```On 4/2/12, Justin Whear <justin economicmodeling.com> wrote:
Classic singly-linked lists must be iterated to determine length

I'm no algorithms buff, but I don't understand the benefit of not
storing the length in the SList. What does it cost to maintain an
extra variable? It's a single increment/decrement on each add/remove
and a little bit of memory to store the count.
```
Apr 02 2012
=?UTF-8?B?QWxpIMOHZWhyZWxp?= <acehreli yahoo.com> writes:
```On 04/02/2012 02:10 PM, Andrej Mitrovic wrote:
On 4/2/12, Justin Whear<justin economicmodeling.com>  wrote:
Classic singly-linked lists must be iterated to determine length

I'm no algorithms buff, but I don't understand the benefit of not
storing the length in the SList. What does it cost to maintain an
extra variable? It's a single increment/decrement on each add/remove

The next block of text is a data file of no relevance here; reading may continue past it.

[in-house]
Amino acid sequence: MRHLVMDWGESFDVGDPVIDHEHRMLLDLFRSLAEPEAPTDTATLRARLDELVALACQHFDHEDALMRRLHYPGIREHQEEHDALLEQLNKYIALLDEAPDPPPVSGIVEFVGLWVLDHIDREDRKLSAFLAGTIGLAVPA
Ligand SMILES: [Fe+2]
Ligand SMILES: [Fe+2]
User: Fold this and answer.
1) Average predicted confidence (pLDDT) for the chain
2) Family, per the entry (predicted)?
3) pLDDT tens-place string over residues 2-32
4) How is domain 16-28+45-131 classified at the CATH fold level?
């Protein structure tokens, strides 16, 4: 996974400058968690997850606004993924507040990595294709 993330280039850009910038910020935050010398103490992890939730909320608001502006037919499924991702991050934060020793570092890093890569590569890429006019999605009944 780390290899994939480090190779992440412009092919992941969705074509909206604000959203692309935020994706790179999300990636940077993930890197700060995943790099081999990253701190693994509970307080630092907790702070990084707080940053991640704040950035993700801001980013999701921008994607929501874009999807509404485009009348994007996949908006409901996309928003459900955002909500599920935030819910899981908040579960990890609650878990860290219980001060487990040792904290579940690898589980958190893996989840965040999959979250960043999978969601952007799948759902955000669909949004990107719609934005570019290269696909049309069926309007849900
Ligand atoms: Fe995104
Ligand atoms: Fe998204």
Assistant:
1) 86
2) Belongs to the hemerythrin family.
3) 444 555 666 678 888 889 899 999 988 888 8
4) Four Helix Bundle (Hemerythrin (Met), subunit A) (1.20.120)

and a little bit of memory to store the count.

Length is not a property of singly-linked lists partly because they are
supposed to be very light weight data structures. Imagine a hash table
with buckets based on singly-linked lists. The length property would not
add any value there but would double the table size.

I remember Matt Austern's presentation on a C++ singly linked list
implementation where he had explicitly mentioned that he had decided to
not provide length for the same reason. (I vaguely remember that his
implementation was for addition to the C++ library, perhaps only to
support the hash table? I don't remember now.)

Ali
```
Apr 02 2012
"Steven Schveighoffer" <schveiguy yahoo.com> writes:
```On Mon, 02 Apr 2012 17:10:40 -0400, Andrej Mitrovic
<andrej.mitrovich gmail.com> wrote:

On 4/2/12, Justin Whear <justin economicmodeling.com> wrote:
Classic singly-linked lists must be iterated to determine length

I'm no algorithms buff, but I don't understand the benefit of not
storing the length in the SList. What does it cost to maintain an
extra variable? It's a single increment/decrement on each add/remove
and a little bit of memory to store the count.

It all depends on how you model the data.  If the data is contained/owned
by a single instance, then you can store the length inside that instance.